When the system was purchased and installed [*10] Leon and Grinnel had executed a contract that included a limitation of liability clause and a warranty clause similar in language to the contract with Ms. Forster. Grinnel moved for summary judgment based on the limitation of liability clause. The district court granted summary judgment in favor of Grinnel. Leon's Bakery appealed. The second circuit upheld the district court's decision. In discussing the enforceability of the limitation of liability clause the court noted: "from all that the parties have cited to us and from all that our research has unearthed, it appears that all of the courts that have considered the validity of limitation-of-liability clauses in contracts for the provision of fire alarm systems have found those clauses to be permissible." Id. at 48. The court placed particular emphasis on the fact that the plaintiff had insurance to cover their losses: "most persons, especially operators of business establishments, carry insurance for loss due to theft . . . No reasonable person could expect that a provider of an alarm service would, for a fee unrelated to the value of the property, undertake to provide an identical type of coverage should the alarm [*11] fail to prevent a crime." Id. at 48-49. The court went on to hold that this reasoning was equally applicable to a fire alarm company; id. at 49; and that the limitation was applicable to a product liability claim. Id. at 50.
While the plaintiff in Leon's Bakery was a commercial entity and Ms. Forster is an individual, the rationale for upholding the limitation of liability clause is identical in both cases. That is, it is not reasonable to expect that a provider of an alarm service would, for a fee unrelated to the value of the property, undertake to provide an identical type of coverage should the alarm fail to prevent a property loss.
Decisions from other jurisdictions are in accord with the Leon's Bakery decision. In each case the court upheld a liquidated damages clause similar to the Forster contract. See Tessler and Son, Inc. v Sonitrol Security Systems, 203 N.J.Super. 477, 497 A.2d 530 (1985); Steiner Corporation v. American District Telegraph, 106 Idaho 787, 683 P.2d 435 (1984); Hartford Fire Insurance Co. v. Architectural Management, Inc., 194 Ill. App. 3d 110, 141 Ill. Dec. 64, 550 N.E.2d 1110 (1990); [*12] Hartford Fire Insurance Co. v. Holmes Protection Group, 673 N.Y.S.2d 132, 250 A.D.2d 526 (1988); Guthrie v. American Protection Industries, 160 Cal. App. 3d 951, 206 Cal. Rptr. 834 (Cal.App.2d Dist. 1984.)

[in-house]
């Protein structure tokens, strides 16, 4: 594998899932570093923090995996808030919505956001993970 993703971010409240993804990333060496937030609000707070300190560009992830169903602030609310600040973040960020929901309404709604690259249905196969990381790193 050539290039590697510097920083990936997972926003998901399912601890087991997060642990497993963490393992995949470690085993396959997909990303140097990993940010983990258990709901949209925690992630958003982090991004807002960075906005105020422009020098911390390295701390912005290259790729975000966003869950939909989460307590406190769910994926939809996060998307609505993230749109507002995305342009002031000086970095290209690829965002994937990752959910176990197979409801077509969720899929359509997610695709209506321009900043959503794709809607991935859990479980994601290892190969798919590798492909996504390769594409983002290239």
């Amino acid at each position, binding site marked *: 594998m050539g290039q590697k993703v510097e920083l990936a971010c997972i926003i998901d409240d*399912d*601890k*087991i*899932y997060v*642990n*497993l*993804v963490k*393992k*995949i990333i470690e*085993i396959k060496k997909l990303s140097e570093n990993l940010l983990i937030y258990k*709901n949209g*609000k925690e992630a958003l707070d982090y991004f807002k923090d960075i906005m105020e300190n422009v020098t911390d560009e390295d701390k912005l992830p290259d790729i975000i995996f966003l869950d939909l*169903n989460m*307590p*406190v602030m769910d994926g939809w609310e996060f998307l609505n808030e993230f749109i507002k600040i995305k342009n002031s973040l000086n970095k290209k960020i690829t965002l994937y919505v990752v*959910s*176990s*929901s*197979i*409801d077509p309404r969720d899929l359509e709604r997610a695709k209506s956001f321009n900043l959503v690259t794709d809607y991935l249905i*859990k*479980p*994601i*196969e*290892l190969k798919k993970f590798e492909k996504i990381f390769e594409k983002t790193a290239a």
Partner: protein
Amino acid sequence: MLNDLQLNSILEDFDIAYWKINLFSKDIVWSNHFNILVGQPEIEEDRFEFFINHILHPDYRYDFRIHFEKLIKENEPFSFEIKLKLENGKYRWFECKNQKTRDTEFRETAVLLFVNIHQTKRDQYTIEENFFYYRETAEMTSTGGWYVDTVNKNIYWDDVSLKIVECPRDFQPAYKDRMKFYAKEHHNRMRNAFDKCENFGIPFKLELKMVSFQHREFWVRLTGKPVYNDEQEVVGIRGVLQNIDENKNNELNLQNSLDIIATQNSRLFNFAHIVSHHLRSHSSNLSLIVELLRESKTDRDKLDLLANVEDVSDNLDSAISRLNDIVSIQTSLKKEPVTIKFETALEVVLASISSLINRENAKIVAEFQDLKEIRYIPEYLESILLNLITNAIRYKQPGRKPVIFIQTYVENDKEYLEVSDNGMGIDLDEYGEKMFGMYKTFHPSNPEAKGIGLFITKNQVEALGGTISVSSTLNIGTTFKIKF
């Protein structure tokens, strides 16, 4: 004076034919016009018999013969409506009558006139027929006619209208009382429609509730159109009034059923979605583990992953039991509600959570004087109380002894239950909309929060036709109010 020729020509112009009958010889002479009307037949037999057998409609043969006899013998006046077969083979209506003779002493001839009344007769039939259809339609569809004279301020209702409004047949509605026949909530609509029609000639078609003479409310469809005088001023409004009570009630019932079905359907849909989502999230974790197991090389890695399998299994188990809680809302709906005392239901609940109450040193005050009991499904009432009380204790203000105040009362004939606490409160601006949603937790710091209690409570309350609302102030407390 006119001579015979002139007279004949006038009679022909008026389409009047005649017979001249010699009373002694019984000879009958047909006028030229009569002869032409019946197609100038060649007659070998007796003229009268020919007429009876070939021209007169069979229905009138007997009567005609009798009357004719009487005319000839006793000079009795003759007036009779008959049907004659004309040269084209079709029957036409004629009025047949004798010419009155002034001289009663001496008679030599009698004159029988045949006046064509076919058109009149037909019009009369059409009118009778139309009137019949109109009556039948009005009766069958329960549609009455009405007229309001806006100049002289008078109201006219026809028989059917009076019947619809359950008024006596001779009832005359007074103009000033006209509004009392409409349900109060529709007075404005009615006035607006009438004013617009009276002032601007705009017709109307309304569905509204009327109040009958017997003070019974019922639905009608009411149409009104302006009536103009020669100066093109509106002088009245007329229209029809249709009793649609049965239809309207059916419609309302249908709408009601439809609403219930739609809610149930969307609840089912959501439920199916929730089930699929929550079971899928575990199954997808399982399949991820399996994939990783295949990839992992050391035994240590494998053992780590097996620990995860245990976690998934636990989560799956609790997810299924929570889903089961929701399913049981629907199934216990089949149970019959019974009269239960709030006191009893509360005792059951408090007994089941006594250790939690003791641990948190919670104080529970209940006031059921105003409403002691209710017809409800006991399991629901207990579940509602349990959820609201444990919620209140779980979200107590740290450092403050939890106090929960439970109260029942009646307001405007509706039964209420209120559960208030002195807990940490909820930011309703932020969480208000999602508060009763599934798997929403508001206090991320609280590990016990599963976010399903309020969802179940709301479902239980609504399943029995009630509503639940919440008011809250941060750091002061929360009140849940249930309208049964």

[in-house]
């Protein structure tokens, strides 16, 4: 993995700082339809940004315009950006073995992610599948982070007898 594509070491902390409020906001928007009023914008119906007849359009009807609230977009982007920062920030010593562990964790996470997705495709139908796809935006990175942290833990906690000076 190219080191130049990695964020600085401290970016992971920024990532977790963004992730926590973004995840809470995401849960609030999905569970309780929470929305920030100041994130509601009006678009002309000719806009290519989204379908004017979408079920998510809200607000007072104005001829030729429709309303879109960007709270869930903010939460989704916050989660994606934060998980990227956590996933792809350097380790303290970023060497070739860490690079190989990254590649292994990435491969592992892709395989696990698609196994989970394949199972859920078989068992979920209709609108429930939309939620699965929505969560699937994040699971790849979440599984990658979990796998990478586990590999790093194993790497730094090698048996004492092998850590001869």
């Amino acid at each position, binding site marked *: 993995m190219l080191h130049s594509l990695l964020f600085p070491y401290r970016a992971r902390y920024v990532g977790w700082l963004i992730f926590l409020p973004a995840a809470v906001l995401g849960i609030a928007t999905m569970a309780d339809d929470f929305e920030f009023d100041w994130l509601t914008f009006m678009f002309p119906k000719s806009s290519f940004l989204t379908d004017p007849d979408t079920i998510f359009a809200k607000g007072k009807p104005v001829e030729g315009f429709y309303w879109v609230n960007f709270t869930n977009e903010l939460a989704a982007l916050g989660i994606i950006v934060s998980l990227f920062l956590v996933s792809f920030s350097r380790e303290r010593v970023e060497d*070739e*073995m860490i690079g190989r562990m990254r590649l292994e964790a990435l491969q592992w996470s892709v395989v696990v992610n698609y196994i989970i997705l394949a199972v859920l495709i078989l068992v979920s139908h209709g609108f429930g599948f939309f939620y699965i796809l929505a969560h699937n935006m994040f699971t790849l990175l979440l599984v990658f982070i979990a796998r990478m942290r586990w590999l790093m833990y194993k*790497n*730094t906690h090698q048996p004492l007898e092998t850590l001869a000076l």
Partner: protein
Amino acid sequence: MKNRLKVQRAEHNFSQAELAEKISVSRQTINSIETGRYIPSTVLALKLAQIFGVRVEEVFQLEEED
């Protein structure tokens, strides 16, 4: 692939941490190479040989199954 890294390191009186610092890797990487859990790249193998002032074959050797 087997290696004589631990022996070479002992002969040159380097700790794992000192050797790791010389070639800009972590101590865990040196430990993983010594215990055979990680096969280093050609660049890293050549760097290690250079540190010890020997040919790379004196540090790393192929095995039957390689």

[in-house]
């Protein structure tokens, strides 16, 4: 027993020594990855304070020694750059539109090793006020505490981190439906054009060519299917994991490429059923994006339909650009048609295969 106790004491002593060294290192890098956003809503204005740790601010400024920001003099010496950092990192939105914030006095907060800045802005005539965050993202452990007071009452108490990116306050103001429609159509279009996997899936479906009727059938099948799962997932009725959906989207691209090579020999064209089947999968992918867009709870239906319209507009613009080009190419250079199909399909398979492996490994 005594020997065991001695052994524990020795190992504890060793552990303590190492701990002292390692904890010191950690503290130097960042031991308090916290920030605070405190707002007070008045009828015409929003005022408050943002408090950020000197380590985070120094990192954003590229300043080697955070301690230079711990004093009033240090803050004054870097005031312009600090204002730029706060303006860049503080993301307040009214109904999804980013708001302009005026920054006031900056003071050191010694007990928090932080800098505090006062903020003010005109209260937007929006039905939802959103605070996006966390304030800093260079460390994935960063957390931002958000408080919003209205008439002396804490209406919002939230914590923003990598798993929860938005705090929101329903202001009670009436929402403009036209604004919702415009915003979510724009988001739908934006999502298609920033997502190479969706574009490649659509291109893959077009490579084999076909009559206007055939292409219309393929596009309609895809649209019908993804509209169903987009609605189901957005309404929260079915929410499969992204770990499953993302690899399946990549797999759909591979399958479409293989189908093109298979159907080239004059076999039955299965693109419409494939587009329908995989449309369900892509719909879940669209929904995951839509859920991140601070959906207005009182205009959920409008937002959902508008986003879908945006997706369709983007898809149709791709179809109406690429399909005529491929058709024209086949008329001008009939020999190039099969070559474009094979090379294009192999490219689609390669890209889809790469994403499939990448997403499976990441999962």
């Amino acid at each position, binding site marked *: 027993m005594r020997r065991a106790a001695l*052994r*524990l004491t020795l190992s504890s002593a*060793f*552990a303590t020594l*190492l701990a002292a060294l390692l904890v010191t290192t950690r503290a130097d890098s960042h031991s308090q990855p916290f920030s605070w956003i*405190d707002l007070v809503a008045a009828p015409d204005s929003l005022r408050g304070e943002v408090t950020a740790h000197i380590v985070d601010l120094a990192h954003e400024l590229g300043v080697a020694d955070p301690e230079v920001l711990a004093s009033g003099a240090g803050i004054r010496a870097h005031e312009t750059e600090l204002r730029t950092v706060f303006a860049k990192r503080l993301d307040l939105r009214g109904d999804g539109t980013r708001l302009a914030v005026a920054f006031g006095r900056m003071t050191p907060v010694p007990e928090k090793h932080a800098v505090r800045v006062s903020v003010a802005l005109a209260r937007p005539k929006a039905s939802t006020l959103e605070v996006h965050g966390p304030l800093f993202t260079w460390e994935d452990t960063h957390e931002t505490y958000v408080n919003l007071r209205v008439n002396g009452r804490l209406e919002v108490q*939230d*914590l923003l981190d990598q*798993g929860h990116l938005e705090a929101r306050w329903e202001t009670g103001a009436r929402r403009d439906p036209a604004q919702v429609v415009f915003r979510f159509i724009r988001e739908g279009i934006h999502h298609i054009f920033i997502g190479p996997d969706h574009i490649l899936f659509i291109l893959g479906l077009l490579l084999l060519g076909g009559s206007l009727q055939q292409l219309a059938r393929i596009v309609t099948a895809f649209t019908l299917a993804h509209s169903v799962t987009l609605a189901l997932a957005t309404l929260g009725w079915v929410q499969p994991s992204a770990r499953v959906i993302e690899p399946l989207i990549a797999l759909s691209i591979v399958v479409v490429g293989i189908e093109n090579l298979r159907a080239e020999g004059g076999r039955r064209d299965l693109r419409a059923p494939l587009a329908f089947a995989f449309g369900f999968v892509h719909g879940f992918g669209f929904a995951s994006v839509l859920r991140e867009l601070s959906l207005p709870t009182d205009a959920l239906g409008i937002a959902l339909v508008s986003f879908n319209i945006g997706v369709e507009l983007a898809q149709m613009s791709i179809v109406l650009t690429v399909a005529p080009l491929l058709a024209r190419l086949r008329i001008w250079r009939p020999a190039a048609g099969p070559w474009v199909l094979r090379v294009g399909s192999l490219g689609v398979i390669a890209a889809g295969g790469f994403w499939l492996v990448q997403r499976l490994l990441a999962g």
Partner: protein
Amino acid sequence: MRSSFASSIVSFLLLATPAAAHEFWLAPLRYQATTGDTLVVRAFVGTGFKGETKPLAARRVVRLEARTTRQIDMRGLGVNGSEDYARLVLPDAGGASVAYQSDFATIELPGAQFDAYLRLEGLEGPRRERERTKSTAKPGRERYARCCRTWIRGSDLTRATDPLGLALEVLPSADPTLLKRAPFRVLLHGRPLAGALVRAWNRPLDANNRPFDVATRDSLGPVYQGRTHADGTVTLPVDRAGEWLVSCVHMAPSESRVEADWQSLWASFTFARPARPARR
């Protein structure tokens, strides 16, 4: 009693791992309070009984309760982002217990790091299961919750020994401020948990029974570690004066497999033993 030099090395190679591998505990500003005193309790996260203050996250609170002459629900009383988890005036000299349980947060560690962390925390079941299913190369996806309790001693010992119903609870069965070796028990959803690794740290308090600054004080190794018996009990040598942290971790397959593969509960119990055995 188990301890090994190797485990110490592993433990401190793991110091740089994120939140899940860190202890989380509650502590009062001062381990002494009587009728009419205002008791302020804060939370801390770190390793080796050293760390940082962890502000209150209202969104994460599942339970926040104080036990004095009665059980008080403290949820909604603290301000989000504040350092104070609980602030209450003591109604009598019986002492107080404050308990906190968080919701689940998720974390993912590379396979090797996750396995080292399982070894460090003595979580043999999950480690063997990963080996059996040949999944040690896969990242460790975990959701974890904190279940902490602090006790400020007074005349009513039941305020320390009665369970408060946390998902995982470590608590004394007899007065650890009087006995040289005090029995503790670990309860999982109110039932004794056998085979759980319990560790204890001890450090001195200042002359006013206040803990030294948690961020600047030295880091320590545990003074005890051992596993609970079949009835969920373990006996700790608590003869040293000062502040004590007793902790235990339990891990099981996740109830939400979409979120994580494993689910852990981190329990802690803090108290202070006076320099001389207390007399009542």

The "Limitation of Liability" clause in the Forster contract may be viewed as a liquidated damages clause. HN3Connecticut courts have promulgated a three-prong test to determine the validity of a liquidated damages clause. The requisite three conditions are: (1) the damage which was to be expected as a result of the breach of contract was uncertain in amount or difficult to prove; (2) there was an intent on the part of the parties to liquidate damages in advance; and (3) the amount stipulated was reasonable in the sense that it was not greatly disproportionate to the amount of damage which, as the parties looked forward, seemed to be the presumable loss which would be sustained by the contractee in the event of a breach of contract. Berger v. Shanahan, 142 Conn. 726, 732, 118 A.2d 311 (1955). The contract between Ms. Forster and Advanced Electronics meets this standard.
With respect to the first prong, the potential damages [*13] due to a breach of the contract are uncertain and difficult to determine. The defendant is not a property insurer and cannot be expected to know the value of a customer's home and belongings. As a California appellate court noted in a decision involving a similar limitation of liability clause: "The possibilities of the consequences of a failure of the defendant to perform its obligation under the contract are innumerable . . . Where there had been a failure of performance and a loss, what part of that loss could be attributed to the failure of performance; or how much of that loss would have resulted had there not been a failure of performance? This is not a case where the reasonable expectations of the parties to the alarm service contracts have been frustrated. The insureds procured insurance for the very losses that were suffered." Fireman's Fund v. Morse Signal Devices, 151 Cal. App. 3d 681, 198 Cal.Rptr. 756, 760 (Cal.App.2d Dist. 1984).